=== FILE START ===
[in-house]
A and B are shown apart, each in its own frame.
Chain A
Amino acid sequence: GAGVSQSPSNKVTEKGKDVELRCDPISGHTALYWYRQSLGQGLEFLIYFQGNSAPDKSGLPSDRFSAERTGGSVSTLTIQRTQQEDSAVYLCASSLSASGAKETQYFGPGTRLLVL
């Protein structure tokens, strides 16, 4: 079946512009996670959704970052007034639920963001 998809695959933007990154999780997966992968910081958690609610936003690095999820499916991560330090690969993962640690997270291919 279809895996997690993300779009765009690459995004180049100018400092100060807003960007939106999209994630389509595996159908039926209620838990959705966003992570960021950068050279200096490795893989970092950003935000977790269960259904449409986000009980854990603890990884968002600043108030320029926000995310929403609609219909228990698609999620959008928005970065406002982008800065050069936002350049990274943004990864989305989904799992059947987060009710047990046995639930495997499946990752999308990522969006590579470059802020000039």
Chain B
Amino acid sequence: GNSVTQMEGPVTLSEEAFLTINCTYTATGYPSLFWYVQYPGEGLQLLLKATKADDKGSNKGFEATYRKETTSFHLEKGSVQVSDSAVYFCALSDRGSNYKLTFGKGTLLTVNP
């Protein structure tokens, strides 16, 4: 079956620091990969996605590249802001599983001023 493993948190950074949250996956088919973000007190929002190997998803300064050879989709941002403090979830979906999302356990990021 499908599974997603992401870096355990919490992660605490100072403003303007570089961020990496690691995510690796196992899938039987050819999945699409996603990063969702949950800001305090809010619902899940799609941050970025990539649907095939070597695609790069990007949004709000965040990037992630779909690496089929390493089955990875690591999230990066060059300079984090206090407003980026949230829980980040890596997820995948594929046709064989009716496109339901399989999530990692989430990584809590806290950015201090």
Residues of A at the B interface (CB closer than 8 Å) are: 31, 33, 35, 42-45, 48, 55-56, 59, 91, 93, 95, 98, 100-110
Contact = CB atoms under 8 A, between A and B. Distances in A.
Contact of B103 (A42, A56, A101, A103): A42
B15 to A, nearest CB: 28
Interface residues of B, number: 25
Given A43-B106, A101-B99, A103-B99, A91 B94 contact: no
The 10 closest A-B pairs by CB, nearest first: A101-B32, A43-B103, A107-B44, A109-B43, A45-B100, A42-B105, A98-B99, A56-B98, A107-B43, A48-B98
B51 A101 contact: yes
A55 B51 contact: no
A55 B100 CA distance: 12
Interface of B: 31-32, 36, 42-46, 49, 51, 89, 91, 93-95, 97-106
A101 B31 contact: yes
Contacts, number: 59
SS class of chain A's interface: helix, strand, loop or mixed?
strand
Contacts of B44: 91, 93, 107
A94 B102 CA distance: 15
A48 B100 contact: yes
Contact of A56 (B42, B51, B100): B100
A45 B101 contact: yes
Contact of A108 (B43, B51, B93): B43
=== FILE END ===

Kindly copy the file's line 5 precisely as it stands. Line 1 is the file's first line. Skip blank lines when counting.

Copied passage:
């Protein structure tokens, strides 16, 4: 079946512009996670959704970052007034639920963001 998809695959933007990154999780997966992968910081958690609610936003690095999820499916991560330090690969993962640690997270291919 279809895996997690993300779009765009690459995004180049100018400092100060807003960007939106999209994630389509595996159908039926209620838990959705966003992570960021950068050279200096490795893989970092950003935000977790269960259904449409986000009980854990603890990884968002600043108030320029926000995310929403609609219909228990698609999620959008928005970065406002982008800065050069936002350049990274943004990864989305989904799992059947987060009710047990046995639930495997499946990752999308990522969006590579470059802020000039």